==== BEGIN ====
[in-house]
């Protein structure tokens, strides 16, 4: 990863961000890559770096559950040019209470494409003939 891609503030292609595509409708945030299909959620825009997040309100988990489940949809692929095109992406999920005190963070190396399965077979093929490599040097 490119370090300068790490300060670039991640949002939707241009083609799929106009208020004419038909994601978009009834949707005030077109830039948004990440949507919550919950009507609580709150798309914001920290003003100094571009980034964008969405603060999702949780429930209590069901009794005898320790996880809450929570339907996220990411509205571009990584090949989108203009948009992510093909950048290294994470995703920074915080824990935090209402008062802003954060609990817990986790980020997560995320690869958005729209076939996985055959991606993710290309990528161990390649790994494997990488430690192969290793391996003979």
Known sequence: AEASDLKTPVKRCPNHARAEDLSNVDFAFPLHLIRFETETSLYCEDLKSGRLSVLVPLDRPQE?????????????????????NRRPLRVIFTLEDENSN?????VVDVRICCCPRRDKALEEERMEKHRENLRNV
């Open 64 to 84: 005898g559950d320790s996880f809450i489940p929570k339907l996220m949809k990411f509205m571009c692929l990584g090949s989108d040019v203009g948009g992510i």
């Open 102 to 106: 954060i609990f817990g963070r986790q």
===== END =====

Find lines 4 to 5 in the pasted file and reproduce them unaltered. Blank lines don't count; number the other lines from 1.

């Open 64 to 84: 005898g559950d320790s996880f809450i489940p929570k339907l996220m949809k990411f509205m571009c692929l990584g090949s989108d040019v203009g948009g992510i």
């Open 102 to 106: 954060i609990f817990g963070r986790q």